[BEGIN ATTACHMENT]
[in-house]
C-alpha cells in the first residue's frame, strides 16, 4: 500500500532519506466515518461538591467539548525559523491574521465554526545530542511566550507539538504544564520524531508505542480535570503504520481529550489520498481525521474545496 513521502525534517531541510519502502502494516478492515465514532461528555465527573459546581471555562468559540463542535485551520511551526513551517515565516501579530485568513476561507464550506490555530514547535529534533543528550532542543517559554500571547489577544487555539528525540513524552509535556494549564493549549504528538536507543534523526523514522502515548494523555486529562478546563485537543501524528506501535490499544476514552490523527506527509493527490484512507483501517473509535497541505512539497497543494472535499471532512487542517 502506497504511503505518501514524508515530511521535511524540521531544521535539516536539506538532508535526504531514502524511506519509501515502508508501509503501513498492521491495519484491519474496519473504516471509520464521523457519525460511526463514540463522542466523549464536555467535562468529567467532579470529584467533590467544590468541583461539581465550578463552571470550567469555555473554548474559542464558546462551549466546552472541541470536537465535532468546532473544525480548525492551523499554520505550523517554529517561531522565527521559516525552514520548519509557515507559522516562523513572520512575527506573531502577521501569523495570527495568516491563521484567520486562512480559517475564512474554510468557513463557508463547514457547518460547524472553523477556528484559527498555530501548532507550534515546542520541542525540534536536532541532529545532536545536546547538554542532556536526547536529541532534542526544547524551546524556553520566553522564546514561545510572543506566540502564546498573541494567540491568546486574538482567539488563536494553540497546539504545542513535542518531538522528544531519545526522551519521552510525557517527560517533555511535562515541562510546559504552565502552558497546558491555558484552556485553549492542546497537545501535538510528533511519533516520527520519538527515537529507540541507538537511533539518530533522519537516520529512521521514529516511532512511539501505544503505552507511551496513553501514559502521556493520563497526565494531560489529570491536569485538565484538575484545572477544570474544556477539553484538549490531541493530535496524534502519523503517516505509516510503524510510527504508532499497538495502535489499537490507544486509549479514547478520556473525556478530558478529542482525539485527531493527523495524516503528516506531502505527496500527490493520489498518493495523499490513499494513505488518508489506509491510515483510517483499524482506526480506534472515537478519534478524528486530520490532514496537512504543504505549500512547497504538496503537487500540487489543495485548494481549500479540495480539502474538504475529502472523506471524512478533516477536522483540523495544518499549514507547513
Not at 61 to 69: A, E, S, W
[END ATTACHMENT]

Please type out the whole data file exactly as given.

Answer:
[in-house]
C-alpha cells in the first residue's frame, strides 16, 4: 500500500532519506466515518461538591467539548525559523491574521465554526545530542511566550507539538504544564520524531508505542480535570503504520481529550489520498481525521474545496 513521502525534517531541510519502502502494516478492515465514532461528555465527573459546581471555562468559540463542535485551520511551526513551517515565516501579530485568513476561507464550506490555530514547535529534533543528550532542543517559554500571547489577544487555539528525540513524552509535556494549564493549549504528538536507543534523526523514522502515548494523555486529562478546563485537543501524528506501535490499544476514552490523527506527509493527490484512507483501517473509535497541505512539497497543494472535499471532512487542517 502506497504511503505518501514524508515530511521535511524540521531544521535539516536539506538532508535526504531514502524511506519509501515502508508501509503501513498492521491495519484491519474496519473504516471509520464521523457519525460511526463514540463522542466523549464536555467535562468529567467532579470529584467533590467544590468541583461539581465550578463552571470550567469555555473554548474559542464558546462551549466546552472541541470536537465535532468546532473544525480548525492551523499554520505550523517554529517561531522565527521559516525552514520548519509557515507559522516562523513572520512575527506573531502577521501569523495570527495568516491563521484567520486562512480559517475564512474554510468557513463557508463547514457547518460547524472553523477556528484559527498555530501548532507550534515546542520541542525540534536536532541532529545532536545536546547538554542532556536526547536529541532534542526544547524551546524556553520566553522564546514561545510572543506566540502564546498573541494567540491568546486574538482567539488563536494553540497546539504545542513535542518531538522528544531519545526522551519521552510525557517527560517533555511535562515541562510546559504552565502552558497546558491555558484552556485553549492542546497537545501535538510528533511519533516520527520519538527515537529507540541507538537511533539518530533522519537516520529512521521514529516511532512511539501505544503505552507511551496513553501514559502521556493520563497526565494531560489529570491536569485538565484538575484545572477544570474544556477539553484538549490531541493530535496524534502519523503517516505509516510503524510510527504508532499497538495502535489499537490507544486509549479514547478520556473525556478530558478529542482525539485527531493527523495524516503528516506531502505527496500527490493520489498518493495523499490513499494513505488518508489506509491510515483510517483499524482506526480506534472515537478519534478524528486530520490532514496537512504543504505549500512547497504538496503537487500540487489543495485548494481549500479540495480539502474538504475529502472523506471524512478533516477536522483540523495544518499549514507547513
Not at 61 to 69: A, E, S, W